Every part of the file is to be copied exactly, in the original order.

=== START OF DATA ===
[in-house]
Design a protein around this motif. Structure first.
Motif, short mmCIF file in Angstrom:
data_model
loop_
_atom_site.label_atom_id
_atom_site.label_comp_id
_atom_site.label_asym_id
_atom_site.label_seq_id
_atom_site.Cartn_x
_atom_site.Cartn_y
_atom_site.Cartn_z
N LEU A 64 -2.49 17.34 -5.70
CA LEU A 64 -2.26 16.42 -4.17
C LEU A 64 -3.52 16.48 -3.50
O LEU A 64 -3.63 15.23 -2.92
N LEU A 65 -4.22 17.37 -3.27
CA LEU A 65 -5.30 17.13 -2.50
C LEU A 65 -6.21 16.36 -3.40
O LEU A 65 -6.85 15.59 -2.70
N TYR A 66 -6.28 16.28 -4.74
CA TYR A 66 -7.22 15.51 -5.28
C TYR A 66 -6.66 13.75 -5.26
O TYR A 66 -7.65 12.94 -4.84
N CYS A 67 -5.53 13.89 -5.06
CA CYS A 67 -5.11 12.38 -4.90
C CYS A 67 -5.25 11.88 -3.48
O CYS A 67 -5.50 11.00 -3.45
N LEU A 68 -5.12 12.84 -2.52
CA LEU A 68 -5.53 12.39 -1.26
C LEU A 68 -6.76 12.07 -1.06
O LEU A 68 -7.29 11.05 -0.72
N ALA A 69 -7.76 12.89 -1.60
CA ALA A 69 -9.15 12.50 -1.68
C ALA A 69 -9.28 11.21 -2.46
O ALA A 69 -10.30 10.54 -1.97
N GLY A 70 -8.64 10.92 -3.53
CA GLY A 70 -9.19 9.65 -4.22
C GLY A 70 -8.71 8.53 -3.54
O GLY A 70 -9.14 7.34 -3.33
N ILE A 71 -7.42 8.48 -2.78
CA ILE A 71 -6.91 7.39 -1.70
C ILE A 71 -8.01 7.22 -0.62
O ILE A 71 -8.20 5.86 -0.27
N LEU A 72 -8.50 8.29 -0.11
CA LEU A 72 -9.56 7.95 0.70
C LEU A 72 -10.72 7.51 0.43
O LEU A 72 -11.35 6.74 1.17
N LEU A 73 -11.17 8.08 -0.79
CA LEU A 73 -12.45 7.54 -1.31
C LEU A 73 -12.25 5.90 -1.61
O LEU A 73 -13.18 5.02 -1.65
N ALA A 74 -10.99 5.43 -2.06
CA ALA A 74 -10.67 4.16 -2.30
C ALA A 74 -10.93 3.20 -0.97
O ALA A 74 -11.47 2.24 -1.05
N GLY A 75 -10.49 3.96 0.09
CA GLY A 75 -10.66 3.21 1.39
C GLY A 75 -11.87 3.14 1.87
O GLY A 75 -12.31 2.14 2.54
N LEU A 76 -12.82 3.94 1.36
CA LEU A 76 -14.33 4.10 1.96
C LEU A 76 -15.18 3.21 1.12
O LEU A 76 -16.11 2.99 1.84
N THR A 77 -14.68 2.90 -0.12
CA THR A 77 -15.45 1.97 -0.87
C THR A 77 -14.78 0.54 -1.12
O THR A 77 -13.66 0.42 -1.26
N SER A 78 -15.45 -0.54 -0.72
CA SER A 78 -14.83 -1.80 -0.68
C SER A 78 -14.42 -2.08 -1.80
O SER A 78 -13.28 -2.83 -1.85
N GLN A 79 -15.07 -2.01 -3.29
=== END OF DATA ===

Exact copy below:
[in-house]
Design a protein around this motif. Structure first.
Motif, short mmCIF file in Angstrom:
data_model
loop_
_atom_site.label_atom_id
_atom_site.label_comp_id
_atom_site.label_asym_id
_atom_site.label_seq_id
_atom_site.Cartn_x
_atom_site.Cartn_y
_atom_site.Cartn_z
N LEU A 64 -2.49 17.34 -5.70
CA LEU A 64 -2.26 16.42 -4.17
C LEU A 64 -3.52 16.48 -3.50
O LEU A 64 -3.63 15.23 -2.92
N LEU A 65 -4.22 17.37 -3.27
CA LEU A 65 -5.30 17.13 -2.50
C LEU A 65 -6.21 16.36 -3.40
O LEU A 65 -6.85 15.59 -2.70
N TYR A 66 -6.28 16.28 -4.74
CA TYR A 66 -7.22 15.51 -5.28
C TYR A 66 -6.66 13.75 -5.26
O TYR A 66 -7.65 12.94 -4.84
N CYS A 67 -5.53 13.89 -5.06
CA CYS A 67 -5.11 12.38 -4.90
C CYS A 67 -5.25 11.88 -3.48
O CYS A 67 -5.50 11.00 -3.45
N LEU A 68 -5.12 12.84 -2.52
CA LEU A 68 -5.53 12.39 -1.26
C LEU A 68 -6.76 12.07 -1.06
O LEU A 68 -7.29 11.05 -0.72
N ALA A 69 -7.76 12.89 -1.60
CA ALA A 69 -9.15 12.50 -1.68
C ALA A 69 -9.28 11.21 -2.46
O ALA A 69 -10.30 10.54 -1.97
N GLY A 70 -8.64 10.92 -3.53
CA GLY A 70 -9.19 9.65 -4.22
C GLY A 70 -8.71 8.53 -3.54
O GLY A 70 -9.14 7.34 -3.33
N ILE A 71 -7.42 8.48 -2.78
CA ILE A 71 -6.91 7.39 -1.70
C ILE A 71 -8.01 7.22 -0.62
O ILE A 71 -8.20 5.86 -0.27
N LEU A 72 -8.50 8.29 -0.11
CA LEU A 72 -9.56 7.95 0.70
C LEU A 72 -10.72 7.51 0.43
O LEU A 72 -11.35 6.74 1.17
N LEU A 73 -11.17 8.08 -0.79
CA LEU A 73 -12.45 7.54 -1.31
C LEU A 73 -12.25 5.90 -1.61
O LEU A 73 -13.18 5.02 -1.65
N ALA A 74 -10.99 5.43 -2.06
CA ALA A 74 -10.67 4.16 -2.30
C ALA A 74 -10.93 3.20 -0.97
O ALA A 74 -11.47 2.24 -1.05
N GLY A 75 -10.49 3.96 0.09
CA GLY A 75 -10.66 3.21 1.39
C GLY A 75 -11.87 3.14 1.87
O GLY A 75 -12.31 2.14 2.54
N LEU A 76 -12.82 3.94 1.36
CA LEU A 76 -14.33 4.10 1.96
C LEU A 76 -15.18 3.21 1.12
O LEU A 76 -16.11 2.99 1.84
N THR A 77 -14.68 2.90 -0.12
CA THR A 77 -15.45 1.97 -0.87
C THR A 77 -14.78 0.54 -1.12
O THR A 77 -13.66 0.42 -1.26
N SER A 78 -15.45 -0.54 -0.72
CA SER A 78 -14.83 -1.80 -0.68
C SER A 78 -14.42 -2.08 -1.80
O SER A 78 -13.28 -2.83 -1.85
N GLN A 79 -15.07 -2.01 -3.29